This week, Emily Oster argued for a “pandemic amnesty” to help the nation move forward. Writing in The Atlantic, Oster says we had to make many “important choices” despite “tremendous uncertainty”:
Given the amount of uncertainty, almost every position was taken on every topic. And on every topic, someone was eventually proved right, and someone else was proved wrong. In some instances, the right people were right for the wrong reasons. In other instances, they had a prescient understanding of the available information.
The people who got it right, for whatever reason, may want to gloat. Those who got it wrong, for whatever reason, may feel defensive and retrench into a position that doesn’t accord with the facts. All of this gloating and defensiveness continues to gobble up a lot of social energy and to drive the culture wars, especially on the internet. These discussions are heated, unpleasant and, ultimately, unproductive. In the face of so much uncertainty, getting something right had a hefty element of luck. And, similarly, getting something wrong wasn’t a moral failing. Treating pandemic choices as a scorecard on which some people racked up more points than others is preventing us from moving forward.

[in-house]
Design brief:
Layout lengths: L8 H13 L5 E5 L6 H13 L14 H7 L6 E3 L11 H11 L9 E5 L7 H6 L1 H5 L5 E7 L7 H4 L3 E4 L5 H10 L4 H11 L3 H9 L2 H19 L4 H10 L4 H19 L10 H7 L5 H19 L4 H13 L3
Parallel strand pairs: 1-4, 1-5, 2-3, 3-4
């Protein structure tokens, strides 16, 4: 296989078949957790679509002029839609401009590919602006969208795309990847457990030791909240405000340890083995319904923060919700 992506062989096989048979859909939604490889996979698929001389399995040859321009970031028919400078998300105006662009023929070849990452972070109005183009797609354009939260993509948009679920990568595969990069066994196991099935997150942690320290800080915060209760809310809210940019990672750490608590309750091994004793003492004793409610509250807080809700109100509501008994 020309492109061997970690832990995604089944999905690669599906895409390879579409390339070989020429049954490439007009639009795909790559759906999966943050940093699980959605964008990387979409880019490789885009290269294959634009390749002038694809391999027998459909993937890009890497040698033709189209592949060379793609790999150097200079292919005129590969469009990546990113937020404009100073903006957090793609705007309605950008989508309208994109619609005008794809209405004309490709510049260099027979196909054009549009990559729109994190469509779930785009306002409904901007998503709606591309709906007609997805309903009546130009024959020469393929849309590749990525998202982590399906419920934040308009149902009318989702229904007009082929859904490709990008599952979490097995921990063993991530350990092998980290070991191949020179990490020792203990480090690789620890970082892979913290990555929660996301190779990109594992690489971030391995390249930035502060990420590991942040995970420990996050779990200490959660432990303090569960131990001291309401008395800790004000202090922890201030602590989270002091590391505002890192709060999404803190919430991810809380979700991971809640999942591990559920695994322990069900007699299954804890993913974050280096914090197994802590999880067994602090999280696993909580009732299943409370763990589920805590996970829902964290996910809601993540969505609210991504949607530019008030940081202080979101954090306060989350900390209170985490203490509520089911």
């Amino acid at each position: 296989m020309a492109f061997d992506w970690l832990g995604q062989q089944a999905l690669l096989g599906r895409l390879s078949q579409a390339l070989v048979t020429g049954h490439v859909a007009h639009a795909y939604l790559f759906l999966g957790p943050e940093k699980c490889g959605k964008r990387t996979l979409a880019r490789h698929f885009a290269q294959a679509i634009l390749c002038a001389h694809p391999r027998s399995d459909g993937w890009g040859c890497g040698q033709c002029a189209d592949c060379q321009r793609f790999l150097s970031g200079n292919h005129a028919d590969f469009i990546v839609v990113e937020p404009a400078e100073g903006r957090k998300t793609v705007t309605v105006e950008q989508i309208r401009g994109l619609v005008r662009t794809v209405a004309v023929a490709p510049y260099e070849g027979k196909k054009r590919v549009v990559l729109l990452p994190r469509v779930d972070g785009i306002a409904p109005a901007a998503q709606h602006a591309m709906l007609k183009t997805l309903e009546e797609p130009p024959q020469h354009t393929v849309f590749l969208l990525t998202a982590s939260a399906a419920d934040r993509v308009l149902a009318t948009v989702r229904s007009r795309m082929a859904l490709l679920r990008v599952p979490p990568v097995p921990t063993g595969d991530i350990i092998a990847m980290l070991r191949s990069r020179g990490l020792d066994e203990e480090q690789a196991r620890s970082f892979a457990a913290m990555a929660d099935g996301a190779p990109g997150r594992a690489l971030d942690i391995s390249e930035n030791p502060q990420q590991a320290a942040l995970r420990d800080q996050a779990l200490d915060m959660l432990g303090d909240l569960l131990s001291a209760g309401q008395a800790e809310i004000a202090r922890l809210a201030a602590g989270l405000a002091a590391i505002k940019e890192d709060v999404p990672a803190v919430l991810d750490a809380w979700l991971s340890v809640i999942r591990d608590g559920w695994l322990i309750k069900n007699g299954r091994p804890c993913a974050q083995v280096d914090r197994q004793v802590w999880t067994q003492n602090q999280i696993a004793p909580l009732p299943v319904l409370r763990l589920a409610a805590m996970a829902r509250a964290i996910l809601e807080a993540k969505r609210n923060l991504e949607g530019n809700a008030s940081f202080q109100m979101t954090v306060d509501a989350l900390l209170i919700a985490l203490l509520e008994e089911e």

We have to put these fights aside and declare a pandemic amnesty.